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Journal Article

(Epi)genetic regulation of CRTC1 in human eating behaviour and fat distribution

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Horstmann,  Annette
Department Neurology, MPI for Human Cognitive and Brain Sciences, Max Planck Society;

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Villringer,  Arno
Department Neurology, MPI for Human Cognitive and Brain Sciences, Max Planck Society;
Clinic for Cognitive Neurology, University of Leipzig, Germany;

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Rohde_2019.pdf
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Citation

Rohde, K., Keller, M., la Cour Poulsen, L., Rønningen, T., Stumvoll, M., Tönjes, A., et al. (2019). (Epi)genetic regulation of CRTC1 in human eating behaviour and fat distribution. EBioMedicine, 44, 476-488. doi:10.1016/j.ebiom.2019.05.050.


Cite as: http://hdl.handle.net/21.11116/0000-0003-BE9C-8
Abstract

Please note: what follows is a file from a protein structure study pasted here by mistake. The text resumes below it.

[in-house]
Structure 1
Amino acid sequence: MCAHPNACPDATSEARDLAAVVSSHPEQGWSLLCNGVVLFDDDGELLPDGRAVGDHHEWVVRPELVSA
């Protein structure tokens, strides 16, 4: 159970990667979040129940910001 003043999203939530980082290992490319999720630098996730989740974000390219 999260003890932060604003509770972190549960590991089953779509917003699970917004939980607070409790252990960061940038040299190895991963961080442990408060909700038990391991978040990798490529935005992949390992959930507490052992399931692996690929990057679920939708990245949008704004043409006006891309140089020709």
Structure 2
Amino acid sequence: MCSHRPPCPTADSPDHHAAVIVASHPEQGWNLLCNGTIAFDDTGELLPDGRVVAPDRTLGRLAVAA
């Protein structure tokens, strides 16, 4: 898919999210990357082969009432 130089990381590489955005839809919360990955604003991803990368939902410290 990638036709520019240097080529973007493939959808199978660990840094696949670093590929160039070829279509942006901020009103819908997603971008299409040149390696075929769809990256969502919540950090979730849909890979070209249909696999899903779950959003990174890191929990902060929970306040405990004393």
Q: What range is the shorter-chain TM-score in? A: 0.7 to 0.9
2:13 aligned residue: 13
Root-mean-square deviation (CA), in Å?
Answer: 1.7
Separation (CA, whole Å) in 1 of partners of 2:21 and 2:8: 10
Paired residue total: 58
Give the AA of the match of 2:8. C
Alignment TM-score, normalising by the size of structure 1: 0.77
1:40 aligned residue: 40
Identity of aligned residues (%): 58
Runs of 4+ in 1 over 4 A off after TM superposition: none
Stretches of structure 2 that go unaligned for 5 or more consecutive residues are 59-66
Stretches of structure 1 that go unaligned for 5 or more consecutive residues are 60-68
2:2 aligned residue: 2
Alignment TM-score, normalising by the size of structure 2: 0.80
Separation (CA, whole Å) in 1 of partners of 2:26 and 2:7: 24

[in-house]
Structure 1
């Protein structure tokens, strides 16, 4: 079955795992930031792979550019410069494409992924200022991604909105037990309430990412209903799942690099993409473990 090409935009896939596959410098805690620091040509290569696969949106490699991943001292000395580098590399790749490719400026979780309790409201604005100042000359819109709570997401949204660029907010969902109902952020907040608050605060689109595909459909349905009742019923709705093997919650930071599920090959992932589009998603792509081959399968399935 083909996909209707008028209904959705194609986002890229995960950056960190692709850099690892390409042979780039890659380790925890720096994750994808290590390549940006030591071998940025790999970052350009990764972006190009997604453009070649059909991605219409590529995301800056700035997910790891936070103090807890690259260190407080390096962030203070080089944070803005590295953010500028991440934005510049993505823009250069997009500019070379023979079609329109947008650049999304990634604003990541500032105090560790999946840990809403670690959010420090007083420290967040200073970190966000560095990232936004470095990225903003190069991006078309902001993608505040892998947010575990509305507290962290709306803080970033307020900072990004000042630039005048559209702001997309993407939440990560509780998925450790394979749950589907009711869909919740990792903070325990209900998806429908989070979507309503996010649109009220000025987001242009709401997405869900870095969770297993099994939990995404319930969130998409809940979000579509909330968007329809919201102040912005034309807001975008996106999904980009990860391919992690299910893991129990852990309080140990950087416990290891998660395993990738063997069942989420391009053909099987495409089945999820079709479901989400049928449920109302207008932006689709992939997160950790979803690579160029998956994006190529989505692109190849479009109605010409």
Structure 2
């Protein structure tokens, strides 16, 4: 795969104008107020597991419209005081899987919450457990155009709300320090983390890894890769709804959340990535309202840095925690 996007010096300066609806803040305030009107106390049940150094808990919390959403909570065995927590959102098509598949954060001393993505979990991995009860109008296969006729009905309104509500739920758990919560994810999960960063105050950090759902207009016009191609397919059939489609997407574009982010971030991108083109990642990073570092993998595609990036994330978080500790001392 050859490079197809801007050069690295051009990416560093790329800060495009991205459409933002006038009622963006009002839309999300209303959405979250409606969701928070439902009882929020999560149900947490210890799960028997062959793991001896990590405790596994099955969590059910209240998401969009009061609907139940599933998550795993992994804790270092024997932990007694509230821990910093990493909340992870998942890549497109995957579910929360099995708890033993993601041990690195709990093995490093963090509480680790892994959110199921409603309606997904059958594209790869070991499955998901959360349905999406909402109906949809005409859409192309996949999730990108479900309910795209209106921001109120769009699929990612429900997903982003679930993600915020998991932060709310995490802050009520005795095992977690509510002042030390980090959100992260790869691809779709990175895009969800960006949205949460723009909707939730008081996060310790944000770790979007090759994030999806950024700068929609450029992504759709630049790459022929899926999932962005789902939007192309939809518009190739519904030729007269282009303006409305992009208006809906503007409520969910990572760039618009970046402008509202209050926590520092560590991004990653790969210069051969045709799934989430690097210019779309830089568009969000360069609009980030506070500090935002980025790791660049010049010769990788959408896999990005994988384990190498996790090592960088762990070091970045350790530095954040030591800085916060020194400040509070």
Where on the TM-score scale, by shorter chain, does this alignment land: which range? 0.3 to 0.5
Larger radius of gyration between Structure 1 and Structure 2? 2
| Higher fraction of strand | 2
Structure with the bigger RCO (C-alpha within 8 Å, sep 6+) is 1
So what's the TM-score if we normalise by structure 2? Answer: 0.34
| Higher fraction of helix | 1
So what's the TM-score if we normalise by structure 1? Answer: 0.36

Background In brain, CREB-regulated transcription co-activator 1 (CRTC1) is involved in metabolic dysregulation. In humans a SNP in CRTC1 was associated to body fat percentage and two SNPs affected RNA Pol II binding and chromatin structure, implying epigenetic regulation of CRTC1. We sought to understand the relevance of CRTC1 SNPs, DNA methylation and expression in human eating behaviour and its relationship to clinical variables of obesity in blood and adipose tissue. Methods 13 CRTC1 SNPs were included to analyze eating behaviour. For rs7256986, follow up association analyses were applied on DNA methylation, CRTC1 expression and clinical parameters. Linear regression was used throughout the study adjusted for age, sex and BMI. Besides data extraction from previous work, rs7256986 was de-novo genotyped and DNA methylation was evaluated by using pyrosequencing. Findings We found several SNPs in the CRTC1 locus nominally associated with human eating behaviour or 2hr postprandial insulin levels and observed a correlation with alcohol and coffee intake (all P < 0.05). G-allele carriers of rs7256986 showed slightly increased hip circumference. We showed that rs7256986 represents a methylation quantitative trait locus (meQTL) in whole blood and adipose tissue. The presence of the SNP and/or DNA methylation correlated with CRTC1 gene expression which in turn, related to BMI and fat distribution. Interpretation Our data support the known role of CRCT1 regulating energy metabolism in brain. Here, we highlight relevance of CRTC1 regulation in blood and adipose tissue.